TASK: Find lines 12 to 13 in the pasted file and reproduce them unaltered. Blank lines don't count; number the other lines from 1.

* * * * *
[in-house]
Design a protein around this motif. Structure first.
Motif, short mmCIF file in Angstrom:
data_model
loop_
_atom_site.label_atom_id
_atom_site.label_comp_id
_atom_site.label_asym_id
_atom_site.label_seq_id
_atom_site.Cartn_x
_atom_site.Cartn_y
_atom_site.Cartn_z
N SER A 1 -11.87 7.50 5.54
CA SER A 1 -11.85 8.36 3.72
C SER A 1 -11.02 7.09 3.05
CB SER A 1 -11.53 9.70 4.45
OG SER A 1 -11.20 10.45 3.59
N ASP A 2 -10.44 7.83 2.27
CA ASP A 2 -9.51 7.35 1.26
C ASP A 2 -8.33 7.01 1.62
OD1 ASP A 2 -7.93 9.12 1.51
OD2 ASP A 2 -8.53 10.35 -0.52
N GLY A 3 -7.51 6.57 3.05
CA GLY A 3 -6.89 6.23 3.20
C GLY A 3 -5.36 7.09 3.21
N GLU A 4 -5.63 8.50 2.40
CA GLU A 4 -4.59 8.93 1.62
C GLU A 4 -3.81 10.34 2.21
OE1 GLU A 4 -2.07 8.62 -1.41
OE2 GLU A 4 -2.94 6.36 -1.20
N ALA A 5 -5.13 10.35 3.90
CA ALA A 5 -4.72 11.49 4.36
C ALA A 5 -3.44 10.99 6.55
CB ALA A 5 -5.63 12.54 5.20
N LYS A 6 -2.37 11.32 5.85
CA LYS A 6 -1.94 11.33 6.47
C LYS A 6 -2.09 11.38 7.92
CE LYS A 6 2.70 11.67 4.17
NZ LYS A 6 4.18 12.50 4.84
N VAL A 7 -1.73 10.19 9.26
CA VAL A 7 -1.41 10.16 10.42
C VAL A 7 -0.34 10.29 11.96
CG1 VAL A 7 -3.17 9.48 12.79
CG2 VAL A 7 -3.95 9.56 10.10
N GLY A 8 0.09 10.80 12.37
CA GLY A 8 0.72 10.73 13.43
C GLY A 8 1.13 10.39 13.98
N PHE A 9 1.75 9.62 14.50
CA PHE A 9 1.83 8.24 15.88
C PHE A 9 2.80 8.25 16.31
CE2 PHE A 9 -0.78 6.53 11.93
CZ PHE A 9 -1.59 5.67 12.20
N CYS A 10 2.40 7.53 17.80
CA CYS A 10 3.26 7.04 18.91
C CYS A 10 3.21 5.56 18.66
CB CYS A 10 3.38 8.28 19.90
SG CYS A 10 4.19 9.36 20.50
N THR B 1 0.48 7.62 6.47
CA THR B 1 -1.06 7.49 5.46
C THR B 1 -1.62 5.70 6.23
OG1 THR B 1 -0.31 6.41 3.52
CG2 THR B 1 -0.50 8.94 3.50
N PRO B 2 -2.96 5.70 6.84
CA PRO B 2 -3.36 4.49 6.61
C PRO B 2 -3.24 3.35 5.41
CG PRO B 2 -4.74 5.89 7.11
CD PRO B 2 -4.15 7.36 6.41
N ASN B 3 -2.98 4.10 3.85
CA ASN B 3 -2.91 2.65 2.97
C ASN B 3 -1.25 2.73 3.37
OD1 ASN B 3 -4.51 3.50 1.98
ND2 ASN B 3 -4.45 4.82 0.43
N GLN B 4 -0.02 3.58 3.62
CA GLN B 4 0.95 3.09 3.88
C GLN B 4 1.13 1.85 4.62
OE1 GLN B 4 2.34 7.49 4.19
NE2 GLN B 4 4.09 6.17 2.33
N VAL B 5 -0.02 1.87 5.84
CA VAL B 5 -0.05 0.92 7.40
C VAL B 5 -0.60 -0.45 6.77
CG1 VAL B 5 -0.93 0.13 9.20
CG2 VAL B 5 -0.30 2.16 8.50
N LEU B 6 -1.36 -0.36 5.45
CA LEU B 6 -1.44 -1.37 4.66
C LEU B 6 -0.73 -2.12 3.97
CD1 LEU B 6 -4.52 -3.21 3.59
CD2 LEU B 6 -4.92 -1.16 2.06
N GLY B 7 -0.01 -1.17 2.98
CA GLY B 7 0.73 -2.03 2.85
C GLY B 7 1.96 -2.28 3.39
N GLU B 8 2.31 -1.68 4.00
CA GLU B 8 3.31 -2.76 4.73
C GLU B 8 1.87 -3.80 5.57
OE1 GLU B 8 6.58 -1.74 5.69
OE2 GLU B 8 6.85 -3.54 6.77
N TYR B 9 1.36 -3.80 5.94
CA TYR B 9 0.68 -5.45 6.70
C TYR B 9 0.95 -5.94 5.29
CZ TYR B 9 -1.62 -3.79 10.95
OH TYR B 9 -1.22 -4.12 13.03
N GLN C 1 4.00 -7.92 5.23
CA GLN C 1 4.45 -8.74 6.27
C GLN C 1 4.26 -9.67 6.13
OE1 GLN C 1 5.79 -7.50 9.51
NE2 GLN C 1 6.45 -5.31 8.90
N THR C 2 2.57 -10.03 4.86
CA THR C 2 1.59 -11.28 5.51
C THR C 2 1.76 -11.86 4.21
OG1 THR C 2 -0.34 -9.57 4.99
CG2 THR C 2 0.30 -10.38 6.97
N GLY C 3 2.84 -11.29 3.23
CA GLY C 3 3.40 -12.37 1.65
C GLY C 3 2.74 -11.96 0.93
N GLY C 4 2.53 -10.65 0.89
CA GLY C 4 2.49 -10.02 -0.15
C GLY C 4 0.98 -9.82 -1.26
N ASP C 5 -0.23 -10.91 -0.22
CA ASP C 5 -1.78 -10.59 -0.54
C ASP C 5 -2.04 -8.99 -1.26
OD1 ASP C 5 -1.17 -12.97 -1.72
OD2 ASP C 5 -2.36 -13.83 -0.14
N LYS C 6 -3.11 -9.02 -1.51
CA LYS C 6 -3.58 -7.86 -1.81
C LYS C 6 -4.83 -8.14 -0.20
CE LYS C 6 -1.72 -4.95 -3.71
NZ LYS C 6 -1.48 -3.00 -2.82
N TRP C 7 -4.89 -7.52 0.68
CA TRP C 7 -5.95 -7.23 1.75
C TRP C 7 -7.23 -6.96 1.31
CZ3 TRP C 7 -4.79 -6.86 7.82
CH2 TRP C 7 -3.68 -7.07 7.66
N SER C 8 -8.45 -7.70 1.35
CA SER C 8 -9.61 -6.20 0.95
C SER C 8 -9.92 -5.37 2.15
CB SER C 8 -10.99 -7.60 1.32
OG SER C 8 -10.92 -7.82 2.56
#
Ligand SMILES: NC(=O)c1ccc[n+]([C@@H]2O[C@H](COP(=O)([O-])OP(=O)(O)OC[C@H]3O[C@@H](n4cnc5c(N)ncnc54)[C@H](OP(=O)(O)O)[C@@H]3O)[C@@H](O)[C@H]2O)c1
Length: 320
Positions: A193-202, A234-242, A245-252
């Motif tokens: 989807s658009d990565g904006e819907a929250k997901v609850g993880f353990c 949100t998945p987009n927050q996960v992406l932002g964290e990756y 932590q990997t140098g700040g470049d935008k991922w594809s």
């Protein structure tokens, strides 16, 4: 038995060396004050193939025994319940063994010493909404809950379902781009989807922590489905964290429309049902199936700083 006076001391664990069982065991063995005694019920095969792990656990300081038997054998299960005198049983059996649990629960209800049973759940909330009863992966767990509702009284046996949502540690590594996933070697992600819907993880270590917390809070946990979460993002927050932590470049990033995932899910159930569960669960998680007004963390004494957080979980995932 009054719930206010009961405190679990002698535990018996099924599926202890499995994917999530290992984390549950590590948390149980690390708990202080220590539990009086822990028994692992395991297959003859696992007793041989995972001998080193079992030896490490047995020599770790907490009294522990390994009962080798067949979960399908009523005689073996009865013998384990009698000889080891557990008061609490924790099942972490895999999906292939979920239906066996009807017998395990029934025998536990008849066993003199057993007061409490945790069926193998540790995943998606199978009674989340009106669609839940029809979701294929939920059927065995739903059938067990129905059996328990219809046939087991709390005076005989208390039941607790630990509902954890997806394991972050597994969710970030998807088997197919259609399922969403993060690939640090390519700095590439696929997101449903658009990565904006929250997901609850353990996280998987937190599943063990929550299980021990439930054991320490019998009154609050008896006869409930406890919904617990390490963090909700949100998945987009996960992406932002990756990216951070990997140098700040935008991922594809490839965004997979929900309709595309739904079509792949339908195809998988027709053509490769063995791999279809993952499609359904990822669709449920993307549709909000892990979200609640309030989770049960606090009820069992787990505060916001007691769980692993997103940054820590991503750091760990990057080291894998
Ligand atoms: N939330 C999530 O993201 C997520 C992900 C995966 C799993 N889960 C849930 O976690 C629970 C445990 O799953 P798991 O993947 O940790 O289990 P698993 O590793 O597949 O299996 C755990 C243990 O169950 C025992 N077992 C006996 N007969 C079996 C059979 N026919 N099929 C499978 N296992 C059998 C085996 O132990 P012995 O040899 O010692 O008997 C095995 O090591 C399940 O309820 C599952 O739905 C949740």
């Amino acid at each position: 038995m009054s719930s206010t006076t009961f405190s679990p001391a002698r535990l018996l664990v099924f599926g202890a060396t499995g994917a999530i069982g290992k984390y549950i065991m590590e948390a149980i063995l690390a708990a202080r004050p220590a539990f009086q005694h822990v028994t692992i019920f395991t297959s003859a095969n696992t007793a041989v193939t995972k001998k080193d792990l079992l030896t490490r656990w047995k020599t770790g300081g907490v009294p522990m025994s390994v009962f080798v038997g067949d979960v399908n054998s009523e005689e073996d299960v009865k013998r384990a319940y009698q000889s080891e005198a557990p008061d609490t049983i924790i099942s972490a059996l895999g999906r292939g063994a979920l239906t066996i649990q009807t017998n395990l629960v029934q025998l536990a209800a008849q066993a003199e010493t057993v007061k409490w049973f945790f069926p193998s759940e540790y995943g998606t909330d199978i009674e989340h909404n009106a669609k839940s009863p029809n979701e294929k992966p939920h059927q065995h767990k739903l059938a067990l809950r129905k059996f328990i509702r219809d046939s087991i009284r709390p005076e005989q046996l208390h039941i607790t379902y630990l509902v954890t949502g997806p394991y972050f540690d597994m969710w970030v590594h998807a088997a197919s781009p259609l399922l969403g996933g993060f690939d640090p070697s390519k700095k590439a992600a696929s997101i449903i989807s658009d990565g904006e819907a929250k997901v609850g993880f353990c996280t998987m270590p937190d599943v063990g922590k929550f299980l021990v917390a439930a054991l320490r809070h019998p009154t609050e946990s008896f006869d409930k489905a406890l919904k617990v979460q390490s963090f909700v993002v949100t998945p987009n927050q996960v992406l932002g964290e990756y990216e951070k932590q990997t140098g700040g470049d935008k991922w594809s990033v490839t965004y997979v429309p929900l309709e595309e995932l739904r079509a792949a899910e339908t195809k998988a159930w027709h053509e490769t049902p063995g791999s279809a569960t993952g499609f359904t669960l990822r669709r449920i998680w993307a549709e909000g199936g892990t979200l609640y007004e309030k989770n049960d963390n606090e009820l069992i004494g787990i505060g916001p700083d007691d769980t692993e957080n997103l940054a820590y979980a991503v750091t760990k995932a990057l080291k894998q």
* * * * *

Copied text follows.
_atom_site.Cartn_z
N SER A 1 -11.87 7.50 5.54